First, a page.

Sir John Chilcot has said he does not believe Tony Blair was "straight with the nation" about his decisions in the run-up to the Iraq War.
The chairman of the public inquiry into the 2003 conflict said the former prime minister had been "emotionally truthful" in his account of events leading up to the war.
In an interview with the BBC Sir John was then asked if Mr Blair was as truthful with him and the public as he should have been during the seven-year inquiry.
He replied: "Can I slightly reword that to say I think any prime minister taking a country into war has got to be straight with the nation and carry it, so far as possible, with him or her.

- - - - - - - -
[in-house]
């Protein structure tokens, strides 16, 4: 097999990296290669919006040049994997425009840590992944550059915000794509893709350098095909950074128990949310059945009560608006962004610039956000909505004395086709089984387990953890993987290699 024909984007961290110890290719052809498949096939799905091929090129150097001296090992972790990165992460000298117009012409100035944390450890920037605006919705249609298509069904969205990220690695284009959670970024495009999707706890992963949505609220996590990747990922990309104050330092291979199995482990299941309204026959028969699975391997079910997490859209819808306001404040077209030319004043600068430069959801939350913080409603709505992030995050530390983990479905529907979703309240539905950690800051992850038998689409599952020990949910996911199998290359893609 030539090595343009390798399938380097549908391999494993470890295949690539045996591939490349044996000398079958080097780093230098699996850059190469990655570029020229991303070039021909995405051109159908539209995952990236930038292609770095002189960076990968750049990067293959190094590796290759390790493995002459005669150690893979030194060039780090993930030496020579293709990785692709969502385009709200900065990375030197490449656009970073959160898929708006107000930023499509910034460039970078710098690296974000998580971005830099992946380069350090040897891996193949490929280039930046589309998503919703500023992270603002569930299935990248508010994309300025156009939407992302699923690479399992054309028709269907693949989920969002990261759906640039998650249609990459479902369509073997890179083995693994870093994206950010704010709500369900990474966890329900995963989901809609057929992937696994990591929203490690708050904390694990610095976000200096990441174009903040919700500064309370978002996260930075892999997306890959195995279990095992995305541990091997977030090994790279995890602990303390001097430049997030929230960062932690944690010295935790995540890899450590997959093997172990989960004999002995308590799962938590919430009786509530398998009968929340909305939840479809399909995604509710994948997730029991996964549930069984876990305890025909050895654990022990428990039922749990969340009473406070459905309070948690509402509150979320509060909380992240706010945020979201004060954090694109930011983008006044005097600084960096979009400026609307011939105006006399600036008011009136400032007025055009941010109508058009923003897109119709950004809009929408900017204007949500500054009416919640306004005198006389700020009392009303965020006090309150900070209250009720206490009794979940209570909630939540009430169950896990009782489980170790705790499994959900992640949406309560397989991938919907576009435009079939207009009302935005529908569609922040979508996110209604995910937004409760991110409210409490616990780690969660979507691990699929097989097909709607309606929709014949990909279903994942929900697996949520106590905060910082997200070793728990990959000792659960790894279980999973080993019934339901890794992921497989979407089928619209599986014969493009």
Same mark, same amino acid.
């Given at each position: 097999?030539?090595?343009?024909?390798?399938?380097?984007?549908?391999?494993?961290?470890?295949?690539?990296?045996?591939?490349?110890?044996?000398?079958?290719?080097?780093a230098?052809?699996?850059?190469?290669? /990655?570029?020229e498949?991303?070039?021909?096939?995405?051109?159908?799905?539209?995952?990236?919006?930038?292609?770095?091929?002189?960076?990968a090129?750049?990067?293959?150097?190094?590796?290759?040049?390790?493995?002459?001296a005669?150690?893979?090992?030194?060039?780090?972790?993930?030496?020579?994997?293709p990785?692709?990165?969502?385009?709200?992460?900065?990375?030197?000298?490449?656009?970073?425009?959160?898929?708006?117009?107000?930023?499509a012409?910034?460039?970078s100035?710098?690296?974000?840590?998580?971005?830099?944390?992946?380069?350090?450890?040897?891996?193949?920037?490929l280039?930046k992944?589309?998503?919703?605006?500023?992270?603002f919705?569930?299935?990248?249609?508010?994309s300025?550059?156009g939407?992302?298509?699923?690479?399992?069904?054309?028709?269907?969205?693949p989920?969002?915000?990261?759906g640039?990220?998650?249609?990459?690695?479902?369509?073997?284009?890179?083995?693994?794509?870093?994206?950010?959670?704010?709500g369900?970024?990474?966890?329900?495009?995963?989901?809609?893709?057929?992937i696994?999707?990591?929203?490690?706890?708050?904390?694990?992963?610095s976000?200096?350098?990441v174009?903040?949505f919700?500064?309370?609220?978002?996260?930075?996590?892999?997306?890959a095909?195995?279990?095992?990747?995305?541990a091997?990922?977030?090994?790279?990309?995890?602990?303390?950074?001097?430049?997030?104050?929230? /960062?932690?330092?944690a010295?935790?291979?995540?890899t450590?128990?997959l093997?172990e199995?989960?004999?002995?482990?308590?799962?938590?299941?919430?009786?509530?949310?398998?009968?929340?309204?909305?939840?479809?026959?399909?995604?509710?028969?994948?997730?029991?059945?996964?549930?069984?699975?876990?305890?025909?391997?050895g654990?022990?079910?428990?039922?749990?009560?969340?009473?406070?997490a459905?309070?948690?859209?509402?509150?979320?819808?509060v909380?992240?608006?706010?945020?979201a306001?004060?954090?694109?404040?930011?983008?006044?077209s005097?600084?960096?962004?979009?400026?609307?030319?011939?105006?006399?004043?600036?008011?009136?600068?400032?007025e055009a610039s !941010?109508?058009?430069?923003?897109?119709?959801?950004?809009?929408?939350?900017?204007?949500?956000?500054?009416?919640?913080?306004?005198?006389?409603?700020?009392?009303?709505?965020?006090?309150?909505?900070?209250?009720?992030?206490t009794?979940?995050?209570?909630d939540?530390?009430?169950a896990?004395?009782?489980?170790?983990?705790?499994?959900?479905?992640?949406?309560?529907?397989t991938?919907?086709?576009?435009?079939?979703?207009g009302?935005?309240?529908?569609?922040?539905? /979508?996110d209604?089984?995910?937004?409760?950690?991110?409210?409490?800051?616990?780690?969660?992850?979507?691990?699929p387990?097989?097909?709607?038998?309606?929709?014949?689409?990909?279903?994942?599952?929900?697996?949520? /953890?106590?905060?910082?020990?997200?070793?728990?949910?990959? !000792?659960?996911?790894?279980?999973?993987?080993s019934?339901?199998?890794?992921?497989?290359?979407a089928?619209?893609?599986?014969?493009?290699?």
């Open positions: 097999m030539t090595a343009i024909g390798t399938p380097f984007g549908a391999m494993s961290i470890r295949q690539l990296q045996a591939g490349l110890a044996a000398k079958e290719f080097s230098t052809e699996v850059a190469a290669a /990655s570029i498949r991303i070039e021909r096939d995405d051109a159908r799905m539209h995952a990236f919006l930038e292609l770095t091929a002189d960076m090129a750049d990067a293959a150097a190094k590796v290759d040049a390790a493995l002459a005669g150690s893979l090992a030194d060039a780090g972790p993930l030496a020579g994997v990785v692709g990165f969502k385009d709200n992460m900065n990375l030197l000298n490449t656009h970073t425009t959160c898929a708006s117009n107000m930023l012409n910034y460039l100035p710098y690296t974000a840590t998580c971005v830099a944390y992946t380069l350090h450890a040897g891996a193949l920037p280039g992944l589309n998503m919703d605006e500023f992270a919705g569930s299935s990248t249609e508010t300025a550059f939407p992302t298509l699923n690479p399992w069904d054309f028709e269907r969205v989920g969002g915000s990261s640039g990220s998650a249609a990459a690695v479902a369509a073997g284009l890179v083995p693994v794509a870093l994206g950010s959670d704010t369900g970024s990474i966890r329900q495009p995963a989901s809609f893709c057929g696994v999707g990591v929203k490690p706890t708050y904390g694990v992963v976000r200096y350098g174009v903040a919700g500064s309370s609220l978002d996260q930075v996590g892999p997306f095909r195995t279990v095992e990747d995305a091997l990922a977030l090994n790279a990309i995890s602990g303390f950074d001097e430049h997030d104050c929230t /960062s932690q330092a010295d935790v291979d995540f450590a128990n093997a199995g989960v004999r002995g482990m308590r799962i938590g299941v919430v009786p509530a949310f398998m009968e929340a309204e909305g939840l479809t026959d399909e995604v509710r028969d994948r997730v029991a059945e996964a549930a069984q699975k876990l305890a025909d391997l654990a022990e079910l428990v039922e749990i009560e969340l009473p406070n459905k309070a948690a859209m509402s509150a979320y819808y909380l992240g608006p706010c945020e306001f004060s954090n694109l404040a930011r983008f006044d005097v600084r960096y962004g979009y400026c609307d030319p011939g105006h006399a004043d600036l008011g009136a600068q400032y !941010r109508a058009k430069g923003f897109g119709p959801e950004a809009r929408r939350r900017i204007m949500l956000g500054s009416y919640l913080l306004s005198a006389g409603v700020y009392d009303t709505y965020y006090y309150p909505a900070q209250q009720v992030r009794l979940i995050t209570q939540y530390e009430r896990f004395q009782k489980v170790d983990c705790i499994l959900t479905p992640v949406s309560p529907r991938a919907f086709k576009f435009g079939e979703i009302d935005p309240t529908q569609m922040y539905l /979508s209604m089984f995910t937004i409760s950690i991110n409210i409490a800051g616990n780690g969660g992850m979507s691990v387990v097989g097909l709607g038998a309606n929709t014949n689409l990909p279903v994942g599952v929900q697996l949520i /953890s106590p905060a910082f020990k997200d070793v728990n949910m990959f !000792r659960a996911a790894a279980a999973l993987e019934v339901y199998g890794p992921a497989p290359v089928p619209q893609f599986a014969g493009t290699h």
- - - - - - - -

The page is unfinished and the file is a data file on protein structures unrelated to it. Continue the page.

"I don't believe that was the case in the Iraq instance."
A spokesman for Mr Blair told the BBC that "all these issues" had been dealt with.
Sir John's report, published in July last year, found that former Iraqi dictator Saddam Hussein posed ''no imminent threat'' at the time of the invasion of his country in 2003, and the war was fought on the basis of ''flawed'' intelligence.
While giving evidence to the inquiry Mr Blair denied he had taken the country to war on the basis of a "lie" over Hussein's supposed weapons of mass destruction.
Asked if he felt Mr Blair had given the fullest version of events to the inquiry, Sir John said: "I think he gave an - what was - I hesitate to say this, rather, but I think it was, from his perspective and standpoint, emotionally truthful and I think that came out also in his press conference after the launch statement.
"I think he was under - as you said just now - very great emotional pressure during those sessions ... He was suffering. He was deeply engaged. Now in that state of mind and mood you fall back on your instinctive skills and reactions, I think."